Rong Wang

    An Interview with Professor Wang

    Professor Rong WangDr. Rong Wang is an Associate Professor of Chemistry in the Department of Biological and Chemical Sciences at Illinois Institute of Technology (IIT), Chicago. She teaches physical chemistry and runs a biophysical chemistry research group. Apart from her research and teaching commitments, Professor Wang is also the Associate Chair of Chemistry in the Department.

    In person, Professor Wang exudes a quiet confidence and an approachable demeanor. Her students describe her as their staunchest ally who supports them through the ups and downs of academic work and beyond. Her research work, which focuses on the development of novel methods and materials that have promising tissue engineering and biomedical applications, has engendered 54 publications and thriving collaborations with several major institutions in the Chicago area namely, Argonne National Laboratory, University of Illinois at Chicago Hospital and Rush University Medical Center.

    In this interview, she takes us along on her journey as a chemist, her research work, motivations and advice to women chemists.

    What is your academic background? Is there a specific milestone/event that got you interested in chemistry?

    Initially, I wanted to follow my father, who is a physics professor and I actually majored in physics for my undergraduate degree in Jilin University, China. During the course of my senior year project on the piezo-electric properties of azobenzene derivatives, I developed an interest in exploring the chemical compounds and their physical properties. So, I chose to do my doctoral research on the photoelectric properties of the azobenzene derivatives at Tokyo University, Japan. I then moved to the US and did my postdoctoral work at Los Alamos National Laboratory. I performed nanoscale analysis of self-assembled materials and developed them for applications in biosensing. This was my first exposure to the biological side which laid the foundation for my current work.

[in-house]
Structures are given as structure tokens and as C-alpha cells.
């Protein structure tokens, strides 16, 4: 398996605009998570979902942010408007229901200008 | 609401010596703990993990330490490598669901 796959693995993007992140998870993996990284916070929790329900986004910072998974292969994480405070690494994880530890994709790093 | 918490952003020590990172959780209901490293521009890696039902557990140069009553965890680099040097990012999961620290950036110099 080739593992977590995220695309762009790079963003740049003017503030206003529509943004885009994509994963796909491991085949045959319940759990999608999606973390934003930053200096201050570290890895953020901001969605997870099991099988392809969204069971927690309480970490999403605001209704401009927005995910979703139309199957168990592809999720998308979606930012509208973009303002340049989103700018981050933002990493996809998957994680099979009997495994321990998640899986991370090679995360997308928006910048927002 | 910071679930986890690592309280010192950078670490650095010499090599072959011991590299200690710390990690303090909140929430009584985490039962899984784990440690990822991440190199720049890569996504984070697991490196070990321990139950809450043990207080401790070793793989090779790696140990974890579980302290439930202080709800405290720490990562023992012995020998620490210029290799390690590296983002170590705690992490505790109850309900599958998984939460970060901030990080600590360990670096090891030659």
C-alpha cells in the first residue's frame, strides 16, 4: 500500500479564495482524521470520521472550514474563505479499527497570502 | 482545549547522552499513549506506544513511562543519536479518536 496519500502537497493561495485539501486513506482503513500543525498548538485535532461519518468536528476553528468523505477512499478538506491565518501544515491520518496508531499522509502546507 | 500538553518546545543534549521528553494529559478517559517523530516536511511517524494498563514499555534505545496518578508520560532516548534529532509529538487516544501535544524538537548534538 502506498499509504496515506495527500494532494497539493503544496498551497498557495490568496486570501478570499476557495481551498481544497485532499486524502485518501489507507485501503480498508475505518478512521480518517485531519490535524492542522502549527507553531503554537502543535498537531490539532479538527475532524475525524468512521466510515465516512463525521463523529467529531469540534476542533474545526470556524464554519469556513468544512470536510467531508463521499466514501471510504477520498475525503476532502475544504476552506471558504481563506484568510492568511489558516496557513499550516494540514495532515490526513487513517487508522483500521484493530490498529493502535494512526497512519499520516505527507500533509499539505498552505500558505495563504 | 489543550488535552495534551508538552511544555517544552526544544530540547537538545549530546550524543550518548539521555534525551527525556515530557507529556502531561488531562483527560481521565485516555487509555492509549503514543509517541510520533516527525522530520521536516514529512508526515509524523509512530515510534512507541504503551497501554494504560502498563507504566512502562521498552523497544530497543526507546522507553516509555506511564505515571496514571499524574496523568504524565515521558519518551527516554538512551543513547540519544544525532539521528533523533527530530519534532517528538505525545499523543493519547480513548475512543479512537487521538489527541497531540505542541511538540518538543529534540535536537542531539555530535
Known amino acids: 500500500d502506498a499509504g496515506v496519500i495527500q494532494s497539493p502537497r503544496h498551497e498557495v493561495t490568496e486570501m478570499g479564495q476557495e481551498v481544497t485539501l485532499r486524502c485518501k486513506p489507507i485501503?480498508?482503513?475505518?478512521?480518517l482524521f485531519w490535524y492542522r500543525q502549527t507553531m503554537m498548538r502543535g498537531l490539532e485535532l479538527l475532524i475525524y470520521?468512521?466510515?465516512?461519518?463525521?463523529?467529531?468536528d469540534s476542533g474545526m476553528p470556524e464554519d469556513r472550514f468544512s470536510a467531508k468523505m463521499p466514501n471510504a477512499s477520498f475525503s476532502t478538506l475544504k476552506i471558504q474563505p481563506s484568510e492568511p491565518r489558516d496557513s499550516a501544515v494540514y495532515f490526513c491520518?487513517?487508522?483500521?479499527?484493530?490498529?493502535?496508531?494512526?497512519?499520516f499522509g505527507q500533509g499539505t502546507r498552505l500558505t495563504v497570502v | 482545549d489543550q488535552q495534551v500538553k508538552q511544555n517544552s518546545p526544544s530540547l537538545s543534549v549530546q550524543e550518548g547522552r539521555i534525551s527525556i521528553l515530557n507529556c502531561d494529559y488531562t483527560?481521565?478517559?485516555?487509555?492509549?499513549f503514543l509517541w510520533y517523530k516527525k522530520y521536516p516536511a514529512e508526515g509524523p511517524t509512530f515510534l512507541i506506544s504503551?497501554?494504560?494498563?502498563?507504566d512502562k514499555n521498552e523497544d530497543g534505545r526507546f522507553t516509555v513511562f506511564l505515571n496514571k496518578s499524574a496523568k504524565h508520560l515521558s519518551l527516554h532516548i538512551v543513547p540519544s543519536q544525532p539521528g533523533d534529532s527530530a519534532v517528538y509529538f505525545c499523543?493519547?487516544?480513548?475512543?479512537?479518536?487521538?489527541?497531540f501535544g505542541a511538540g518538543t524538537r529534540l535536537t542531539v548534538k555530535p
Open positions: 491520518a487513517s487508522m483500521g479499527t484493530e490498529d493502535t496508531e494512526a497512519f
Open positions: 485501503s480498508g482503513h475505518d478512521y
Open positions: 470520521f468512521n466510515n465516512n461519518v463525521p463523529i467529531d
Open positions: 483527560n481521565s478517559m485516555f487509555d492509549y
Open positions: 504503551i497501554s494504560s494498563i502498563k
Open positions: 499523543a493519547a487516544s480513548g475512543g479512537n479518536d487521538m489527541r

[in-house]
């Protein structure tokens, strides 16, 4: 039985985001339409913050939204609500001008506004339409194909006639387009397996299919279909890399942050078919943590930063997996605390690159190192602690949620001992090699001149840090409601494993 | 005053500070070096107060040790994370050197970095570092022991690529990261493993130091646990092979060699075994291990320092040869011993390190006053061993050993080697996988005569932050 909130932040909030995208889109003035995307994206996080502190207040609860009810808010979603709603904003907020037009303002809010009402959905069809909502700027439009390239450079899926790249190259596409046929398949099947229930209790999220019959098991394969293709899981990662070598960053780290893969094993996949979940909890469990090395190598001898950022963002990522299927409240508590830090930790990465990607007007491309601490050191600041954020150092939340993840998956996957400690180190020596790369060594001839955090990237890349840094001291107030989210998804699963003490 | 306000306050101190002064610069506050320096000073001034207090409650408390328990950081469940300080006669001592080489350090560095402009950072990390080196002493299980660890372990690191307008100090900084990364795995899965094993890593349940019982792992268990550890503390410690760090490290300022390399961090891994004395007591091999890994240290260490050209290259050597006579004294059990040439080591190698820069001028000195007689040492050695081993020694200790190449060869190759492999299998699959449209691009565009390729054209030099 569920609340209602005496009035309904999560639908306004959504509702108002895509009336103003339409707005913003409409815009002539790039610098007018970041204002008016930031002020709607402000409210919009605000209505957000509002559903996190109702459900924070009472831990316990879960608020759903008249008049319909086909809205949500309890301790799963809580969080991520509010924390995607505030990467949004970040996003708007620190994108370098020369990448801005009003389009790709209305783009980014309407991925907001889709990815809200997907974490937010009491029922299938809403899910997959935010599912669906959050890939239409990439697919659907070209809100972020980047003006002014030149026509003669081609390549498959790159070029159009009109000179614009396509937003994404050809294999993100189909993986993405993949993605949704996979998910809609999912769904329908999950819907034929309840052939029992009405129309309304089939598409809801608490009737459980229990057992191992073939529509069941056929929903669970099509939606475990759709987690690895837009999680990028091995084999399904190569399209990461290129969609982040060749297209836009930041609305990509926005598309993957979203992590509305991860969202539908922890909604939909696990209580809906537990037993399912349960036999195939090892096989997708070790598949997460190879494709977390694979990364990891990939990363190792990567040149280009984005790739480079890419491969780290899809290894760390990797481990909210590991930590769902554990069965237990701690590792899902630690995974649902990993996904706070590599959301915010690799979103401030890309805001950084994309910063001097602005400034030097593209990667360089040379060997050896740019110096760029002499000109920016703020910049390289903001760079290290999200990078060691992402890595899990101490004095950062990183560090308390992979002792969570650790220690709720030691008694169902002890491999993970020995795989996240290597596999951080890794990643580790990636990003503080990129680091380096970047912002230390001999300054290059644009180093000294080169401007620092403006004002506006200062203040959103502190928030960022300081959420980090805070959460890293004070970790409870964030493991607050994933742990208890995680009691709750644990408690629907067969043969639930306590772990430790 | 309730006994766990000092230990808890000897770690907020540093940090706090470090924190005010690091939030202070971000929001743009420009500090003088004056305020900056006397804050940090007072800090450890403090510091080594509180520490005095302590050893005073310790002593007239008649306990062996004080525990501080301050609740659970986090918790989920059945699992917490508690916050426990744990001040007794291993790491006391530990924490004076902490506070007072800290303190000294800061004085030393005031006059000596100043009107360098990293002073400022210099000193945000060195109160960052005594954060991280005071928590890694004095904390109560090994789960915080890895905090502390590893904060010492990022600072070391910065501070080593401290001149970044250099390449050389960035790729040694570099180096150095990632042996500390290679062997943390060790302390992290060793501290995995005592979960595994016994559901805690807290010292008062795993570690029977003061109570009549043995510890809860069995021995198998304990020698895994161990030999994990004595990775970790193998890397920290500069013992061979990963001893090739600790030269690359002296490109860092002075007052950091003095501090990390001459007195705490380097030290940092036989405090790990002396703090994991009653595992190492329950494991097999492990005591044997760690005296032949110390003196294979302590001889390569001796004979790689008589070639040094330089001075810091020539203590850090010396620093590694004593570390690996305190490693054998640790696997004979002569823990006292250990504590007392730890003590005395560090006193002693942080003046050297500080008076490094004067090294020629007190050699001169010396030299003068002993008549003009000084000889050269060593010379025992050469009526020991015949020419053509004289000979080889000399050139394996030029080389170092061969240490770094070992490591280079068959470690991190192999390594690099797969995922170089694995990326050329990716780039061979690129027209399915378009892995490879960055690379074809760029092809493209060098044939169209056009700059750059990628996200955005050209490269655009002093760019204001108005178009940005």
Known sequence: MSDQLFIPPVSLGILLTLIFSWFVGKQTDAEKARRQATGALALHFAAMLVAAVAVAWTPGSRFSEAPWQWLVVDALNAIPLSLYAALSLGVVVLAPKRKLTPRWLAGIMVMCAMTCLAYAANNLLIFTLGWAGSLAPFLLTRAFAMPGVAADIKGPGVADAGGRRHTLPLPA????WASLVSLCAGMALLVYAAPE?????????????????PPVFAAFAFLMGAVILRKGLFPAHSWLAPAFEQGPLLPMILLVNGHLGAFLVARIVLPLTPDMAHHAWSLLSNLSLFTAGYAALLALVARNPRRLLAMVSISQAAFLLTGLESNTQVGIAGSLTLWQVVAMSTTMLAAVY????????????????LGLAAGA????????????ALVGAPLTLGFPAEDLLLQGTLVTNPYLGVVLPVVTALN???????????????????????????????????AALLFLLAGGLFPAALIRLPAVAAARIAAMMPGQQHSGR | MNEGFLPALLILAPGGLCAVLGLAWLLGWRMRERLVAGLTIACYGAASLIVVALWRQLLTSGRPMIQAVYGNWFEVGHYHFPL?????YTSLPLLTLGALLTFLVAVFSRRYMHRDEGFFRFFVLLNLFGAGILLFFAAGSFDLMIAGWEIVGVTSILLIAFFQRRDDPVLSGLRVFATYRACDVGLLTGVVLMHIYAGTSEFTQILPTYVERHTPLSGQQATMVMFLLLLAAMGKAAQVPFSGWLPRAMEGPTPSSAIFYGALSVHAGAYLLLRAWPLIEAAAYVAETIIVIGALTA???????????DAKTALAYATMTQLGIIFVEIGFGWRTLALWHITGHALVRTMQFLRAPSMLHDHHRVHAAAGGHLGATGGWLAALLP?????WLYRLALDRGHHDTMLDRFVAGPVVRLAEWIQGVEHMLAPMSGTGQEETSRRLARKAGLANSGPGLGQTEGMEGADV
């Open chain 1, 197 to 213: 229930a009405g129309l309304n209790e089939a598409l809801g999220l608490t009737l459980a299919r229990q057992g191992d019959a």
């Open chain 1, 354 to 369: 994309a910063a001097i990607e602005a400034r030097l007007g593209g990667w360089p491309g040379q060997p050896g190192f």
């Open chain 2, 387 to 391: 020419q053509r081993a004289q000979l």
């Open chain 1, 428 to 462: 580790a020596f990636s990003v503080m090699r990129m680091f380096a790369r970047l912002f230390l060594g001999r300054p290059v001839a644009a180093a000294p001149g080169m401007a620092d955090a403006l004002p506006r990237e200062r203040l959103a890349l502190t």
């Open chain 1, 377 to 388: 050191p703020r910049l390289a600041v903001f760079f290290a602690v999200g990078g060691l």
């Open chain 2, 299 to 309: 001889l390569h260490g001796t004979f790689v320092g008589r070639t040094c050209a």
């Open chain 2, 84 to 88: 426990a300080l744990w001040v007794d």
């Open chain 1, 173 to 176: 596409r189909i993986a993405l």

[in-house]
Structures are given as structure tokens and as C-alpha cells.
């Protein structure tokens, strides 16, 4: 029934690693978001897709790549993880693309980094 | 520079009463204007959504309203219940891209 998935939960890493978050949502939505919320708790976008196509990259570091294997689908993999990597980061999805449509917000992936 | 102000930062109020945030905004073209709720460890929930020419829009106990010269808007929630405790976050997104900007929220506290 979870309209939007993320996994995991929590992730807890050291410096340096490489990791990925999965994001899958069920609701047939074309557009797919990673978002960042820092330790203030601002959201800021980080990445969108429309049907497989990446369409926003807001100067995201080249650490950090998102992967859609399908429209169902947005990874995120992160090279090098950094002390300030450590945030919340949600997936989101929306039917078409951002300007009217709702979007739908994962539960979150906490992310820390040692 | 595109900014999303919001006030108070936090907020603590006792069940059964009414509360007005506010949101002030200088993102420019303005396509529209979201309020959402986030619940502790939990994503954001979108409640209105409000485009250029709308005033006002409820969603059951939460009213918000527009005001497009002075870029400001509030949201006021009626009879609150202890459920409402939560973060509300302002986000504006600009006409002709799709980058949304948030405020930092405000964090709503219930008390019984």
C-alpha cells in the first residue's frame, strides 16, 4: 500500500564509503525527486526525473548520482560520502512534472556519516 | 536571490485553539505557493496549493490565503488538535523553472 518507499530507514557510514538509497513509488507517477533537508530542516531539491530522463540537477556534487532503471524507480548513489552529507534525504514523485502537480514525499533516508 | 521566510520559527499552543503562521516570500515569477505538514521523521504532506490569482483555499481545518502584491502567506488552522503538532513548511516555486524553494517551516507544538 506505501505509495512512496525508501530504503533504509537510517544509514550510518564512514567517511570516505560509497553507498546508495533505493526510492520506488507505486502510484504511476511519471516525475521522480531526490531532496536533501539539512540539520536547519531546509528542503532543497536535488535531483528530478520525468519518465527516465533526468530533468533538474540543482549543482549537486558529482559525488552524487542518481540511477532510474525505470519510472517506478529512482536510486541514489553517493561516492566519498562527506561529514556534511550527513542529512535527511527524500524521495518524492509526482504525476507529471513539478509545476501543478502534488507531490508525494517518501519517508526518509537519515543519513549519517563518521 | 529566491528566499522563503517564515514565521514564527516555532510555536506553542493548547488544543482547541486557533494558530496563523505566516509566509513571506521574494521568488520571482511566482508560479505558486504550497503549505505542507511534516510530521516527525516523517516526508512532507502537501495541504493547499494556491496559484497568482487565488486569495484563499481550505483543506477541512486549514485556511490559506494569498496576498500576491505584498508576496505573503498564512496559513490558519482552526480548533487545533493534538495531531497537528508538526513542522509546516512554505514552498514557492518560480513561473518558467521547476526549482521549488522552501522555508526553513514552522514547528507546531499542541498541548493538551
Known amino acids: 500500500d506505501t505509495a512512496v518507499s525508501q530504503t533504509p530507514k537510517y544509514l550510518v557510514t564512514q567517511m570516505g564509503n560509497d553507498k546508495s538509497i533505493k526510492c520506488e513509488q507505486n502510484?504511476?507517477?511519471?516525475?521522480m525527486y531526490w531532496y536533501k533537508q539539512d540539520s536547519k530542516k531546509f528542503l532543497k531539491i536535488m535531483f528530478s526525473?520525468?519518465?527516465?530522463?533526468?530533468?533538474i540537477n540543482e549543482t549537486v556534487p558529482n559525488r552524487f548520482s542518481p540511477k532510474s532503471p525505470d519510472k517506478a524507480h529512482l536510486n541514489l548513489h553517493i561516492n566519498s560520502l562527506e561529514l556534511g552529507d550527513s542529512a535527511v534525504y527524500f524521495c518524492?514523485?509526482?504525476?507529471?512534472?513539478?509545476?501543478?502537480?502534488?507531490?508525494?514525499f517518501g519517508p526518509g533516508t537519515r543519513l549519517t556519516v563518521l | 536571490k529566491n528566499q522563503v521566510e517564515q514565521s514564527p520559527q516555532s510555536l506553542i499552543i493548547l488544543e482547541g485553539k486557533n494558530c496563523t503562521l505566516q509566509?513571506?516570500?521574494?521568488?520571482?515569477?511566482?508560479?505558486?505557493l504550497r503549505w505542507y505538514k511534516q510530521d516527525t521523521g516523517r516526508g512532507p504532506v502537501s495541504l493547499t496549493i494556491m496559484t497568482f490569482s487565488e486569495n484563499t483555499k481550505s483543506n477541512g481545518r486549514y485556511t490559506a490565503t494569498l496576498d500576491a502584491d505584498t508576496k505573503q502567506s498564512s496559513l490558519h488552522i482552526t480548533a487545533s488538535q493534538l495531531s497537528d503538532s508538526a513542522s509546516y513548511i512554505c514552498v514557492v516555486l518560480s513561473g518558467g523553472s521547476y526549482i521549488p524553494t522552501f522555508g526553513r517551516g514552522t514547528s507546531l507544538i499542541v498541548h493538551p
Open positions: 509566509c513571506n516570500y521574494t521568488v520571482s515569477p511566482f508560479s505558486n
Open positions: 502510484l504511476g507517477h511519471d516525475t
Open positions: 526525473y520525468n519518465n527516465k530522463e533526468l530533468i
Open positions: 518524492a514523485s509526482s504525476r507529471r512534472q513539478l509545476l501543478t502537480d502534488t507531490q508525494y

What kind of tools and techniques do you use routinely for your research?

    We have a very inter-disciplinary research approach to developing novel nanomaterials and nanotechnology tools for various applications. We routinely work with cells, tissues, nanomaterials and employ a variety of tools and techniques such as atomic force microscopy, surface engineering using bio-conjugation chemistry, molecular manipulation using photochemistry, and cell biology techniques.

    What is your group currently working on?

    Professor Rong WangOne of our recent achievements is a method for precise quantification of cell surface proteins and performing on-site analysis of gene expression in individual cells and within intact tissues. These studies have application in drug discovery and validation. Another major thrust in our lab is understanding the structure-function relationship of collagen in clinical tissues. In collaboration with surgeons in UIC Hospital and Rush University Medical Center, we studied the nanoscale changes in collagen’s structure and elasticity in pelvic floor connective tissues of women with the aim of devising better diagnostic methods of connective tissue disorders. Third major area is the conjugation of collagen with other nanomaterials such as carbon nanotubes, spider silk, etc. These collagen-based nanocomposite materials have interesting structural and physical properties that can induce the generation of neurons from human stem cells and thus, have applications in neural injury treatments.